● It aims to stamp
a scarlet number risk score on EVERY child at birth.
● There is no opportunity for any family to opt-out or deny the use of their personal data.
● It’s literally computerized racial profiling: race and ethnicity are explicitly used to rate the risk that a child will be harmed.
● Developers say: Don’t worry, the data will be anonymized – but the promise is unenforceable.
First there was the Allegheny Family Screening Tool (AFST), an algorithm that uses a mass of data, mostly about poor people and disproportionately about nonwhite people, to cough up what amounts to a “scarlet number” risk score. When the county’s child abuse hotline receives a report alleging neglect, the score is used to guide screeners in deciding which children will have to endure the trauma of an investigation.
Key features of its implementation include:
● Ethically challenged ethics reviews.
● No informed consent – or any consent - for the use of the data as a policing tool.
● Deceptive marketing.
● Evaluations almost always done by the developers or commissioned by Allegheny County.
“Hello, Baby” algorithm. This algorithm stamps the scarlet number on every child at birth, regardless of whether the parents have been accused of anything – unless the family, in the days immediately after birth, takes advantage of one obscure chance to opt out. One of the ethics reviews of AFST said it was OK in part because it was not applied to every child at birth. When they created, Hello, Baby, an algorithm that does just that, the county got around this by commissioning a friendlier ethics review. It’s no wonder the county resorted to an even more deceptive marketing campaign to sell it.
The county promises that Hello, Baby will be used only to target “preventive services.” Even if they keep this unenforceable promise, the services are likely to be delivered by mandated reporters of child abuse and neglect, who go in knowing an algorithm has labeled the family high-risk.
And now comes the next all-too-logical progression. The same team that brought us AFST and Hello Baby, are part of the team offering up the most Orwellian algorithm yet: the Cross Jurisdiction Model Replication project.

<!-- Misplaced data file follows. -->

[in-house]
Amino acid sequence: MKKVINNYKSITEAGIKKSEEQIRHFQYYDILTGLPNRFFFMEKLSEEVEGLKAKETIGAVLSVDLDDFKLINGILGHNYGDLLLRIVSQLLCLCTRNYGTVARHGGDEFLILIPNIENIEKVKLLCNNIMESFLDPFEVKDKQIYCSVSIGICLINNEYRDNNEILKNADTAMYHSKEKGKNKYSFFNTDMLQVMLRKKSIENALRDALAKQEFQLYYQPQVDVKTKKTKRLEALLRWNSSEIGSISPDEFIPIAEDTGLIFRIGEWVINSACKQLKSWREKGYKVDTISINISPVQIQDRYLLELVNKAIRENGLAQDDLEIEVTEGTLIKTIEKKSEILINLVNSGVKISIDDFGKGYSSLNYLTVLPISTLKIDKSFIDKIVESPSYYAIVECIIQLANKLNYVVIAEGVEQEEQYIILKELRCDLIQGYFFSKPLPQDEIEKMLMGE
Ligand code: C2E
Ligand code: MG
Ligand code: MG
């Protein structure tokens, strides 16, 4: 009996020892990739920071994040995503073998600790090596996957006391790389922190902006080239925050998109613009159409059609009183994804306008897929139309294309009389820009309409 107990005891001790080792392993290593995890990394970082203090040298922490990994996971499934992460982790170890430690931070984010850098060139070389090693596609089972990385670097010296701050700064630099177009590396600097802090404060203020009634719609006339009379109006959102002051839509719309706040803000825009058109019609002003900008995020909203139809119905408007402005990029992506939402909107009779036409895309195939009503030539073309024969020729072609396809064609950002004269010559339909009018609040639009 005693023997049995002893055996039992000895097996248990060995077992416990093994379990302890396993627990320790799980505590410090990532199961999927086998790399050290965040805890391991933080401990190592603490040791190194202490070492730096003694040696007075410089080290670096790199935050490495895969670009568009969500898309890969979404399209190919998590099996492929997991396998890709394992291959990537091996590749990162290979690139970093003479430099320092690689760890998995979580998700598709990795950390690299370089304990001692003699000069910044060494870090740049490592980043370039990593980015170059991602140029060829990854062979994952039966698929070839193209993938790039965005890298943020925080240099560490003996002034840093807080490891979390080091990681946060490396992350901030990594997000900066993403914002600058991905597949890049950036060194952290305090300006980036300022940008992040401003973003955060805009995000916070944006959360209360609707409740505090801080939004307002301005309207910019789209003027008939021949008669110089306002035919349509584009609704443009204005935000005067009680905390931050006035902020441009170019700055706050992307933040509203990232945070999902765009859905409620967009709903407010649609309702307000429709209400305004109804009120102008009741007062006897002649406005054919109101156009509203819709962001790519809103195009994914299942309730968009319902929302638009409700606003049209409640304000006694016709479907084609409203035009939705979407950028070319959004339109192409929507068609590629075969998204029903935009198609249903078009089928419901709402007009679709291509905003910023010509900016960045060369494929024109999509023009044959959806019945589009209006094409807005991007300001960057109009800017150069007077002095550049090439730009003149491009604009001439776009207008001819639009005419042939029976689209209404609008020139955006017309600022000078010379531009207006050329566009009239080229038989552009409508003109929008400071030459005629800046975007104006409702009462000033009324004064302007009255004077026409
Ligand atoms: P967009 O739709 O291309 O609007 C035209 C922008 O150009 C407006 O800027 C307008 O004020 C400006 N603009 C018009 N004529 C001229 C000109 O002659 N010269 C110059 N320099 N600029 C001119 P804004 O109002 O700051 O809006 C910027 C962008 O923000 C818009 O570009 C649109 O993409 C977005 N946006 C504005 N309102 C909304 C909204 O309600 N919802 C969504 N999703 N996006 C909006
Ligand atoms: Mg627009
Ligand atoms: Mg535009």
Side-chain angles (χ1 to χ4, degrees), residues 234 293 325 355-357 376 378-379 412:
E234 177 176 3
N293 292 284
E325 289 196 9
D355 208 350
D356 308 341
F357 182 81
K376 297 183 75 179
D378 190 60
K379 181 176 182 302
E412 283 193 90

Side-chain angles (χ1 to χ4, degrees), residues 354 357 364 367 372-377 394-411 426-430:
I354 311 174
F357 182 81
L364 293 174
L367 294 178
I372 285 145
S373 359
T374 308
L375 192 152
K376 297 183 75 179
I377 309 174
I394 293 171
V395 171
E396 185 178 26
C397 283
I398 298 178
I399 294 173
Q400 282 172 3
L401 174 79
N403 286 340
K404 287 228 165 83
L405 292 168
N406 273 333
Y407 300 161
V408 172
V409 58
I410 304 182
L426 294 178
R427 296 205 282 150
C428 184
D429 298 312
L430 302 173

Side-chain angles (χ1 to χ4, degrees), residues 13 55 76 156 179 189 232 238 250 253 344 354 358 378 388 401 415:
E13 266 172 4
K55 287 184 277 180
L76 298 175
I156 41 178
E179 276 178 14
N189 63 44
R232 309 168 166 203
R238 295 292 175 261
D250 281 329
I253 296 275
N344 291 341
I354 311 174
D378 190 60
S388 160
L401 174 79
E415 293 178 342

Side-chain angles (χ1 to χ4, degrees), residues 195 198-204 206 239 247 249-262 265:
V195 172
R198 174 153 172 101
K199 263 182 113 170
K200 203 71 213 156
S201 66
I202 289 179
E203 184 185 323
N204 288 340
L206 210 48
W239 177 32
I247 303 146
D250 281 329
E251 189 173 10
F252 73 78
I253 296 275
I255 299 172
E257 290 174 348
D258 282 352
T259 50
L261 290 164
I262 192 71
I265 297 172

Like “Hello, Baby,” CJMR generates a risk score for every child at birth. (The developers claim this is ok because, they say, in effect, the number is invisible. More about that below.) Unlike Hello, Baby there is no opt-out at all. And while with AFST the developers bragged about not explicitly using race (while using poverty), and with Hello Baby they claimed (falsely) that they weren’t using poverty, this time there’s no more let’s pretend. The use of race and poverty is out in the open.
● Paternal multi-race code
● Material multi-race code
● Paternal ethnicity Hispanic/Latino
● Maternal ethnicity Hispanic/Latino
As for poverty, data variables include:
● “WIC food” (that is, use of the Supplemental Nutrition Program for Women, Infants and Children).
And sure enough, the developers say, it works! How do they know? If this all weren’t so dangerous the answer would be laugh-out-loud funny: They know it works, they say, not because the algorithm was good at predicting actual child abuse, but because, in many cases, it was good at predicting whether a child would wind up in foster care!
But like everything else in family policing, the reasons children wind up in foster care are arbitrary, capricious, cruel – and subject to racial and class bias. As is so often the case with these algorithms, they are less prediction than self-fulfilling prophecy.We already know that if you’re poor and especially if your poor and Black or poor and Native American your kids are more likely to wind up in foster care; in fact, we’ve been trying to tell you why that’s a huge problem for years.
With CJMR there’s
no way to protect your family from government agencies taking your most basic,